C86 and the Rise of Twee Pop
British music magazine NME (New Musical Express if you want to be formal about it) knew how to throw together cassette collections of up-and-coming acts: The publication lays claim to not just one but two of the most influential compilations in indie rock culture. The first was 1981's C81, a wide-ranging grab bag of early '80s post-punk that included everything from power pop scuzz (Buzzcocks) to vintage industrial (Cabaret Voltaire) and jazz skronk (James Blood Ulmer). Five years later, several NME writers managed to compile a worthy follow-up, although by 1986 the British indie music scene had changed. As a result, C86 focused on a much narrower range of bands, almost all of them guitar outfits and many conforming to a rather specific aesthetic of shambolic arrangements and jangling choruses.
C86 can't be credited with creating a musical genre; the compilation merely reflected one of many ongoing trends inside the ultra-competitive and hype-driven UK scene of the mid-1980s. But the editors knew what they were doing when they cherry-picked tracks from rising indie bands like Primal Scream (way way way before the lads discovered acid house), The Pastels and The Shop Assistants: They were throwing their weight behind a twee pop movement that had been coalescing for years. Early '80s acts like Glasgow's Orange Juice and Edinburgh's Josef K (both part of the Postcard label) and the glazed-over dream pop of Birmingham's Felt helped gently nudge post-punk away from jittery rhythms and toward pop-friendly jangle. And the back-to-back debut albums from Manchester's The Smiths (1984's The Smiths) and East Kilbride's Jesus and Mary Chain (1985's Psychocandy) solidified indie's return to the electric guitar after several years of synthesizer domination.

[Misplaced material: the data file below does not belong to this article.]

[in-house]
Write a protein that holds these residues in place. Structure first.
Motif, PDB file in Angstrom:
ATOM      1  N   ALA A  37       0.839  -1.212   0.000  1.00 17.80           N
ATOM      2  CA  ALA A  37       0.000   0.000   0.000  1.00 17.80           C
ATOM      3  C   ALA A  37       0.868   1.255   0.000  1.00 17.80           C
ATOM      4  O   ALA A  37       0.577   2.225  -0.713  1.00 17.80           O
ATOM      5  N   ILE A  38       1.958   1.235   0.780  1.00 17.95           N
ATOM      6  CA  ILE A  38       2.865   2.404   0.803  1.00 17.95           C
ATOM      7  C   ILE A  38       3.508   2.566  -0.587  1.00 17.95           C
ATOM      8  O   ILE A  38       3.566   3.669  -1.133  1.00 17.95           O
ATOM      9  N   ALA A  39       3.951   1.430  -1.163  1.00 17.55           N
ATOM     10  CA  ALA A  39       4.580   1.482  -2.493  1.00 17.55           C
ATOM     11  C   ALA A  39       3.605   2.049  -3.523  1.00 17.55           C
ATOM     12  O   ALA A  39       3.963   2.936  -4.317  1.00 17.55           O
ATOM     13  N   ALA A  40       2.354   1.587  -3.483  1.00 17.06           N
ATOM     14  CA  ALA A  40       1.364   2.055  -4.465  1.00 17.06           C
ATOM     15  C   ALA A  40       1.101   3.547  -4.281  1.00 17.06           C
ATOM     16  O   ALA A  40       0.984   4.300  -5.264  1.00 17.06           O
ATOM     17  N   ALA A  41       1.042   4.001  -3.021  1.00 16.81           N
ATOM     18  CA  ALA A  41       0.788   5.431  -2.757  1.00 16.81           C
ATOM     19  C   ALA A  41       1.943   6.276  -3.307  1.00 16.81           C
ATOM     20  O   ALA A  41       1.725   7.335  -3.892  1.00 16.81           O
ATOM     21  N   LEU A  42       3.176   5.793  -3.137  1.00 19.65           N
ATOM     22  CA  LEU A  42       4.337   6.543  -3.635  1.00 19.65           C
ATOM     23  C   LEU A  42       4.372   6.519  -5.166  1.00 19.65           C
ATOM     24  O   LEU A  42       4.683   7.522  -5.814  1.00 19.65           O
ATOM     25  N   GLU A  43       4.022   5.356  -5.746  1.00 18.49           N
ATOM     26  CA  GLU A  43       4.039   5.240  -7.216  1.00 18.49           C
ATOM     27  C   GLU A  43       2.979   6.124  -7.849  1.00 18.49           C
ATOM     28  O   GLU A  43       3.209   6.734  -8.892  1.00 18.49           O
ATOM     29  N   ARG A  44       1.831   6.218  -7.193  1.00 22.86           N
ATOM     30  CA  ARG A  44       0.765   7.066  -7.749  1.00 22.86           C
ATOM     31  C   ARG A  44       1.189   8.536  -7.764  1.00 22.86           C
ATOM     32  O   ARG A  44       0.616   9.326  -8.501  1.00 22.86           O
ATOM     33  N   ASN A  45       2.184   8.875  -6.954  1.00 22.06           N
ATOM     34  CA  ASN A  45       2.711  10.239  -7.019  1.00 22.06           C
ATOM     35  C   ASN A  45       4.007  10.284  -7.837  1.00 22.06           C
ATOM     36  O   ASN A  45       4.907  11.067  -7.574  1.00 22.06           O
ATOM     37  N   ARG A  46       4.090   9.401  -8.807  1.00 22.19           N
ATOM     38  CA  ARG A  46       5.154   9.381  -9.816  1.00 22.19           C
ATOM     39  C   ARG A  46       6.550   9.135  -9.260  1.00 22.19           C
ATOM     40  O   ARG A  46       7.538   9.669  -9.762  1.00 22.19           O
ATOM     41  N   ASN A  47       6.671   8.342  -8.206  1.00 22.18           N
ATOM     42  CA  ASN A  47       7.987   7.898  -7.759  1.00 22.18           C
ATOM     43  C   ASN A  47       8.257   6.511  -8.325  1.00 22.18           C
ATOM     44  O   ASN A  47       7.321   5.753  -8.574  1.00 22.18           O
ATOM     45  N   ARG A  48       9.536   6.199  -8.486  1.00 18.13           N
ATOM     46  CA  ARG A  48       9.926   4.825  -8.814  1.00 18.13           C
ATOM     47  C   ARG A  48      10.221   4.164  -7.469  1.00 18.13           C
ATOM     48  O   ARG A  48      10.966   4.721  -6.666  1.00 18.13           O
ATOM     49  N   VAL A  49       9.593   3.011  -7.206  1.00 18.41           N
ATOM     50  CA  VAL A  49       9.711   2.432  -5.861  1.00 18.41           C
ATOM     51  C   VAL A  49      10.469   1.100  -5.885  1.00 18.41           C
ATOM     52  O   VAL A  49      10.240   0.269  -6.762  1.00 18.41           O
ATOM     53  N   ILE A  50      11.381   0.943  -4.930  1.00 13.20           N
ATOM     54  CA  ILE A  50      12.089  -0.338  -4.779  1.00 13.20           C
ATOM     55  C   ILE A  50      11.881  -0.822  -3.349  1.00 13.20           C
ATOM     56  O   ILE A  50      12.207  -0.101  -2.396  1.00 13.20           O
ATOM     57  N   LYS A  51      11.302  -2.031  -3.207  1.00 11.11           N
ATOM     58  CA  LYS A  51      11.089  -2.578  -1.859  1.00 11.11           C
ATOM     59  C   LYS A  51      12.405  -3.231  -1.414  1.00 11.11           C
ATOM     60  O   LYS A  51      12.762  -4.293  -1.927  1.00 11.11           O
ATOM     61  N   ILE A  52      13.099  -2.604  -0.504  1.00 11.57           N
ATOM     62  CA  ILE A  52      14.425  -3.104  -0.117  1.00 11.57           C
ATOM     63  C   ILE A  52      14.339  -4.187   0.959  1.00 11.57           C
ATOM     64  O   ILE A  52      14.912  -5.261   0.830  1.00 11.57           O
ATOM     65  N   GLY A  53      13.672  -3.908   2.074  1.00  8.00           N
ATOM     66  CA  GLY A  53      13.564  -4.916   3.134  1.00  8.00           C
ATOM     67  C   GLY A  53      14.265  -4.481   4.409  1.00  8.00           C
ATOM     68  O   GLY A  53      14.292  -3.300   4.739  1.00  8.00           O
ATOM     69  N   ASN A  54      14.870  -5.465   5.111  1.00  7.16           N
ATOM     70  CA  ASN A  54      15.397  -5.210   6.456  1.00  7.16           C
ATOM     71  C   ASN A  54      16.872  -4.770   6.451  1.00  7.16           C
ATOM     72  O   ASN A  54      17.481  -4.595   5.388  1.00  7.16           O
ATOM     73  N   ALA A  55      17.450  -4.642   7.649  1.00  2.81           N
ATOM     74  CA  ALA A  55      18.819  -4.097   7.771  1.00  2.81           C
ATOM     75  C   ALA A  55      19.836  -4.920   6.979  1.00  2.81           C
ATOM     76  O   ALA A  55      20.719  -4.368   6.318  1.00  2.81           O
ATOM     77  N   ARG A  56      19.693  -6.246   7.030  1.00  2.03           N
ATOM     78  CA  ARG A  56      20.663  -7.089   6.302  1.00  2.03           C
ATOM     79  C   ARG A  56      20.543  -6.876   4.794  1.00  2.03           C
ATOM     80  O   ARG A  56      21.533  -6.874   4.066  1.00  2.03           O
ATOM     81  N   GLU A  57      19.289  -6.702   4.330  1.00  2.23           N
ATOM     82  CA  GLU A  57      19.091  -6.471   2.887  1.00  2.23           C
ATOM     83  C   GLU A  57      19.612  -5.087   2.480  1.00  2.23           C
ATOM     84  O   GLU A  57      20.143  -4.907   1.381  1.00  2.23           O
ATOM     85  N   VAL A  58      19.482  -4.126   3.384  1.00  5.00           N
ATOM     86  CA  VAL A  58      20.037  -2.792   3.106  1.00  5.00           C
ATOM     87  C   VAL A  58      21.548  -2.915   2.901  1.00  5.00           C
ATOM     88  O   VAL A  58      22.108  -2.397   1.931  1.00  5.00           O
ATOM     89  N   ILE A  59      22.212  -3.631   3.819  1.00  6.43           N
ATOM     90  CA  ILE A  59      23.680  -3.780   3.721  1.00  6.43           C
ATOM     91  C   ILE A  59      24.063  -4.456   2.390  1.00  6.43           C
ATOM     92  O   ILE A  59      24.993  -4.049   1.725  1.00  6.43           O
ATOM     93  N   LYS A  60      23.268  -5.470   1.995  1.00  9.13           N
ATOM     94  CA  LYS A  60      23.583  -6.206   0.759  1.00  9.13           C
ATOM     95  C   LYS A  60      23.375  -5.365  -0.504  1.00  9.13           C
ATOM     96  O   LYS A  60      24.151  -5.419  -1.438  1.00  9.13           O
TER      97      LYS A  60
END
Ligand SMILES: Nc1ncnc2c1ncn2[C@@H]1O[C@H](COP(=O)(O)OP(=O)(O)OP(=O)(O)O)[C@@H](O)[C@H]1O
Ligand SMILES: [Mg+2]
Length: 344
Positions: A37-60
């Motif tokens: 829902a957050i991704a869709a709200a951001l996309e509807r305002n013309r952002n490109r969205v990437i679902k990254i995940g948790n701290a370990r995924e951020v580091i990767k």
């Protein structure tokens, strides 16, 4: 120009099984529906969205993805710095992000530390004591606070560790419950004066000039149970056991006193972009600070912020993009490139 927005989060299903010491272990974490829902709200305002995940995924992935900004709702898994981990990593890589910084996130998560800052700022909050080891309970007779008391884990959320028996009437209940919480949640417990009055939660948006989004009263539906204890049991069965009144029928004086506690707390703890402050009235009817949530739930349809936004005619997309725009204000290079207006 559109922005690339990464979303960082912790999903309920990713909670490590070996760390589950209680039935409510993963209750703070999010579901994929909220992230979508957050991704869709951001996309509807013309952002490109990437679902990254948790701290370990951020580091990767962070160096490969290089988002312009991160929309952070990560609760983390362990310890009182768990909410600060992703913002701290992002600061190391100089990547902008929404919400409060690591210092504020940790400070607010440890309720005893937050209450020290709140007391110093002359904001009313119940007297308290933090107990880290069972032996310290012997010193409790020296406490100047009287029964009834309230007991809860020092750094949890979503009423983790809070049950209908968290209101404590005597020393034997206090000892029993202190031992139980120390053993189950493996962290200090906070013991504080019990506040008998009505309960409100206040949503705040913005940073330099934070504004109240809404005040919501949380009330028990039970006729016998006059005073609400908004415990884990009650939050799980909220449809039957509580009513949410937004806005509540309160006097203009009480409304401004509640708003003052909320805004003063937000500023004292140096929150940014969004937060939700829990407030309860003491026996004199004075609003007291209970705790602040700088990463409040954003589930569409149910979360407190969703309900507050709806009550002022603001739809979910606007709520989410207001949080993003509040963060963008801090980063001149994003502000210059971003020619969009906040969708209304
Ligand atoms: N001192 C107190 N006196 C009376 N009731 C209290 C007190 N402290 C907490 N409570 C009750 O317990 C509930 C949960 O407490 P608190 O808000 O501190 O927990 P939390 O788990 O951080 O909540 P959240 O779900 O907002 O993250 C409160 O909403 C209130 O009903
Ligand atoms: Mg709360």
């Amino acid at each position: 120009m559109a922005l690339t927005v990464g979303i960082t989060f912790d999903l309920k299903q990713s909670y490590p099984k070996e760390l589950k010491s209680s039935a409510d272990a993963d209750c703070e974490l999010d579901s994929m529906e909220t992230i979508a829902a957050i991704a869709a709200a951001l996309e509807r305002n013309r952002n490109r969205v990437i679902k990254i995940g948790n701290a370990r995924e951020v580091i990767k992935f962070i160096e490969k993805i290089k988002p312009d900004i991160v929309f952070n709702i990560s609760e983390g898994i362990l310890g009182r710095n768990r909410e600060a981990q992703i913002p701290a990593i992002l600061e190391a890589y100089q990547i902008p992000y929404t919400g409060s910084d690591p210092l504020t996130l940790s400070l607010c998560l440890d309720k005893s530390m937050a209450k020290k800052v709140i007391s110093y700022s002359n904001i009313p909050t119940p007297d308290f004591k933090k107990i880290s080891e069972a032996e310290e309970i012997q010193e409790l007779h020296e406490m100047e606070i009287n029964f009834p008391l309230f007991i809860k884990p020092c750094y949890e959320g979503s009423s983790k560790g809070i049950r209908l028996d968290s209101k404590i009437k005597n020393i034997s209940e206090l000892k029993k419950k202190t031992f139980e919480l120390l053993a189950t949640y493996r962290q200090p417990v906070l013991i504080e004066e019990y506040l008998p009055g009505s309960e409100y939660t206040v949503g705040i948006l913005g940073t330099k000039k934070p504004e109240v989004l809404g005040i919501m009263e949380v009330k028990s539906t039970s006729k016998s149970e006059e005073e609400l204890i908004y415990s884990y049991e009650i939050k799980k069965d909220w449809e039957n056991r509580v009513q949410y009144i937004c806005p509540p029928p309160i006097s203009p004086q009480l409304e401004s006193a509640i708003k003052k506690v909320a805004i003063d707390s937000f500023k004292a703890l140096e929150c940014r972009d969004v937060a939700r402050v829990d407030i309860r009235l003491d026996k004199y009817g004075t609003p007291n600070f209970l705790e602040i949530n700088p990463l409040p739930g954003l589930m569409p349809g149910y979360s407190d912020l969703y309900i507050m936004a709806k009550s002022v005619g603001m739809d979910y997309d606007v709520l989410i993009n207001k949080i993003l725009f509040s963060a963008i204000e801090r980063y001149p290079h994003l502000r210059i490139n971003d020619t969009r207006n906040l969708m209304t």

Twenty-two bands were featured on the original C86 compilation, from outfits familiar to most indie fans (The Wedding Present) to the utterly forgotten (A Witness). In recent years, perhaps taking a nod from Rhino's expansion on the Nuggets collection of vintage U.S. garage rock, U.K. record companies have begun repackaging C86 in multivolume format. They've expanded beyond the nearly two dozen artists to round up similar indie singles from the time period, showcasing just how many bands were waiting for their chance in the indie limelight -- and how many immediately jumped on the bandwagon. Our playlist samples a little bit of both, highlighting many of the tracks that famously first saw light on the NME cassette, while also scooping up precursors to the twee pop scene and a few notable inheritors. As you'll no doubt hear, "twee" remains a bit of a misnomer: Plenty of these bands snarl and roar. But plenty don't -- give a listen to the shambling primitivism of Talulah Gosh or the pretty melodies of the Field Mice, and just try and argue with those sloppy hooks.